Sport & Auto
- About Future
- Digital Future
- Cookies Policy
- Terms & Conditions
- Investor Relations
- Contact Future
We’ve all been there at some point. You need to program a drum part and all you have to hand is a MIDI keyboard - not the most suitable tool in the world for creating beats, especially if you’re more of a percussionist than a pianist.
A much more appealing proposition is to turn to the now-traditional format of trigger pads arranged in a 4x4 matrix, as originally popularised by the classic Akai MPC60. This layout allows you to place a standard kit of drum sounds in a more natural position under the fingers than a keyboard could ever manage, giving you a much more intuitive array of targets to aim at.
So while it won’t (and shouldn’t!) replace your conventional keyboard controller, adding a pad-based controller to your setup can reap significant rewards if you regularly need to program drums.
Not only that, but some controllers of this type take things further by including their own proprietary sound library and software instruments, while others are more like percussion instruments in their own right.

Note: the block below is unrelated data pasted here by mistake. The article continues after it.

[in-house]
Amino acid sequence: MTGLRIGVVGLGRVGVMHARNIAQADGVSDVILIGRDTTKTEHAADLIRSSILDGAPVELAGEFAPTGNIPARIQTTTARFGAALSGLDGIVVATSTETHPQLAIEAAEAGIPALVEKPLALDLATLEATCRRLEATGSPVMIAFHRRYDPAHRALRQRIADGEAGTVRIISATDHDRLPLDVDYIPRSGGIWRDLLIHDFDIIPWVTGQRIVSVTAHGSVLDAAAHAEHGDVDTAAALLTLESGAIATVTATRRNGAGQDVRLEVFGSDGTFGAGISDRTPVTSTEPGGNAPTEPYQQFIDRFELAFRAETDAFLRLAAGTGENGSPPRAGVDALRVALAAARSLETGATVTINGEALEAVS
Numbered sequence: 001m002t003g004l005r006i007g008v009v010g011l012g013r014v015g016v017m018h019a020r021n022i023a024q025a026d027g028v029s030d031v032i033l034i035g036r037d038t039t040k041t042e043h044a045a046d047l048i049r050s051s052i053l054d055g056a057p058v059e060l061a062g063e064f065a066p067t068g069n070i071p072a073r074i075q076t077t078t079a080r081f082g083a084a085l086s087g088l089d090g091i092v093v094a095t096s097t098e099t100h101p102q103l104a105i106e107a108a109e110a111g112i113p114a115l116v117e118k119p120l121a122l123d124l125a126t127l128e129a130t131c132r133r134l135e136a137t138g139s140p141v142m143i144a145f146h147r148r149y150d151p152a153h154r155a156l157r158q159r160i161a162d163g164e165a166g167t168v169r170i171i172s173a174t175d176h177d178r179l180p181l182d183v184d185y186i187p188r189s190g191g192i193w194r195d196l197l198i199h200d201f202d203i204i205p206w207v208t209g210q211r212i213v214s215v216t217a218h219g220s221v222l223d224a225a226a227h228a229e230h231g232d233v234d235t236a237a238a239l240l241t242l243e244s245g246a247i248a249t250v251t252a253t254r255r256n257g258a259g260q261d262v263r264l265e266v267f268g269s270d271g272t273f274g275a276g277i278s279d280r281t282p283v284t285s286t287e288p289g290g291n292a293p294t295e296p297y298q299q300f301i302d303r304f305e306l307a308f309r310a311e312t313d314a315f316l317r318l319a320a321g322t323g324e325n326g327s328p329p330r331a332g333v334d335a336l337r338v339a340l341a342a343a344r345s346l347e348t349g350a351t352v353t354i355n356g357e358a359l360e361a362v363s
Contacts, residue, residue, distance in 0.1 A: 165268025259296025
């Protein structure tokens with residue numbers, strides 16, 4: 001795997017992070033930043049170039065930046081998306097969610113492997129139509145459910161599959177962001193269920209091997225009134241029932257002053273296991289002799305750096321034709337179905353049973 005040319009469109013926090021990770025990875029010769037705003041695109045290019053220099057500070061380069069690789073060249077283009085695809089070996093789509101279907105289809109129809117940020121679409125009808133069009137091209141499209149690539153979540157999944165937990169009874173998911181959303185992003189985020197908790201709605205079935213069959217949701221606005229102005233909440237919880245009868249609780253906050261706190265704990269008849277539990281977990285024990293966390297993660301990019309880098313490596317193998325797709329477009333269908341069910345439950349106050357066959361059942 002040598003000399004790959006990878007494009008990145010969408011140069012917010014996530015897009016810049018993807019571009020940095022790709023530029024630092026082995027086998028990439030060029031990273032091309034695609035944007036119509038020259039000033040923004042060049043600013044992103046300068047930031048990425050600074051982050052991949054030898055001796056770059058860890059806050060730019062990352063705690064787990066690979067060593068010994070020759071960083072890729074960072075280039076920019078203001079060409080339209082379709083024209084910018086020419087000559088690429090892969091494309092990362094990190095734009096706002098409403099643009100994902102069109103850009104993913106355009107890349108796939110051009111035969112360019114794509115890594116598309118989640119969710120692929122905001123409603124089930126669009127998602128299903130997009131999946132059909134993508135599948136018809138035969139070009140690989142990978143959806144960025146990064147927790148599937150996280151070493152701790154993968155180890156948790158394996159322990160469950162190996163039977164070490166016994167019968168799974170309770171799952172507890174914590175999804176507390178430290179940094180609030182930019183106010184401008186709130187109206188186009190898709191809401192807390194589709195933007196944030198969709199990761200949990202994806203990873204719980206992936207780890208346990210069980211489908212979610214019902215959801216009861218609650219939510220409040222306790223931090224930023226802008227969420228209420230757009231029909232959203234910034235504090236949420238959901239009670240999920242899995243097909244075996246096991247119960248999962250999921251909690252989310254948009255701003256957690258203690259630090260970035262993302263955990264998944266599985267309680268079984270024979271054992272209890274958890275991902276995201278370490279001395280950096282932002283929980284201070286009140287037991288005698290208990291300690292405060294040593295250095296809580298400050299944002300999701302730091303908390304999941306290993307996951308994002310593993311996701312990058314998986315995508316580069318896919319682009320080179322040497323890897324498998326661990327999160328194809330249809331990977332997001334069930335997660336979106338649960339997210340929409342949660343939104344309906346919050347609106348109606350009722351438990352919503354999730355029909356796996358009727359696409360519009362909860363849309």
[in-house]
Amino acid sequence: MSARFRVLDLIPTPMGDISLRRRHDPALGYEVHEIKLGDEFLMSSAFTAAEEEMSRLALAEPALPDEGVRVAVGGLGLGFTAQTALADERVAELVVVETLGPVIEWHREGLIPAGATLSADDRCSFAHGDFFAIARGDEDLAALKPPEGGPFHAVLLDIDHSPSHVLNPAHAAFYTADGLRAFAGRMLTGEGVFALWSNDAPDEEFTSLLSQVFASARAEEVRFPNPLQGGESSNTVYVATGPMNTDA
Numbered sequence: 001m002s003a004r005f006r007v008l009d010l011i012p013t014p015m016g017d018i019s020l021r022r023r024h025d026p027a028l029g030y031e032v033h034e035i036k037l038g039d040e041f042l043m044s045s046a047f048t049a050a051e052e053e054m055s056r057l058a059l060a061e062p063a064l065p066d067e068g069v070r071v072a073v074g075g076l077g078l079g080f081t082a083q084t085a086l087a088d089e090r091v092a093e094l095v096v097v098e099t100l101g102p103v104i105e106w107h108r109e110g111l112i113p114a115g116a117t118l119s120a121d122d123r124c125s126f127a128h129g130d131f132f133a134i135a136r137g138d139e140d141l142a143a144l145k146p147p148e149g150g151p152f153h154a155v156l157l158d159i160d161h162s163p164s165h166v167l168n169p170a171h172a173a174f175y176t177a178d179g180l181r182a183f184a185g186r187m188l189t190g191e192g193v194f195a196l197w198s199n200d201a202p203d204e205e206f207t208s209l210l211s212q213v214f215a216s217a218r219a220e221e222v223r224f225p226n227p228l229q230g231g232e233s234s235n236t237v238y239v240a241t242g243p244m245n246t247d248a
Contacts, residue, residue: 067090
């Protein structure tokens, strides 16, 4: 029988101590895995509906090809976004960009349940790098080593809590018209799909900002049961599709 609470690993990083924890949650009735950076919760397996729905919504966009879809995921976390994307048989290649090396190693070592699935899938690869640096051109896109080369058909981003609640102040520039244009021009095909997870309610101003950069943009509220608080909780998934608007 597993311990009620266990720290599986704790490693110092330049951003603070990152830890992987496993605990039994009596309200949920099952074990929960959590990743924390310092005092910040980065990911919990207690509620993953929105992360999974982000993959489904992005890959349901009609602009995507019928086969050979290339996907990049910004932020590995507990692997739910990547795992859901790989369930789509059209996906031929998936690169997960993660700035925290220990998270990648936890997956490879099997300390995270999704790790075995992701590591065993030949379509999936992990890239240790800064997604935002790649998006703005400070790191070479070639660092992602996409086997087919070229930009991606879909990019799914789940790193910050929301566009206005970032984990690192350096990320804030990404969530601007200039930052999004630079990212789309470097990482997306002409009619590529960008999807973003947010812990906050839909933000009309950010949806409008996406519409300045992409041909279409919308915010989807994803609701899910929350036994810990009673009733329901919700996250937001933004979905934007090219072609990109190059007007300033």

When selecting a pad-based controller, there are certain things to look out for. A large enough array of pads and controls is first and foremost, and the pads need to be playable and responsive enough to cope with the powerful, expressive, multilayered sampled instruments that are available to us today. Controllers should be easy to configure, so that you can customise the layout of the pads to trigger your chosen soundset, and the convenience of a single USB connector, handling both MIDI data and power, should not be overlooked. For the purposes of this round-up, onboard sounds aren’t really a factor, as our assumption is that you’ll be triggering sounds from software instruments in your DAW. With all this in mind, then, here’s our pick of the current pad controller crop.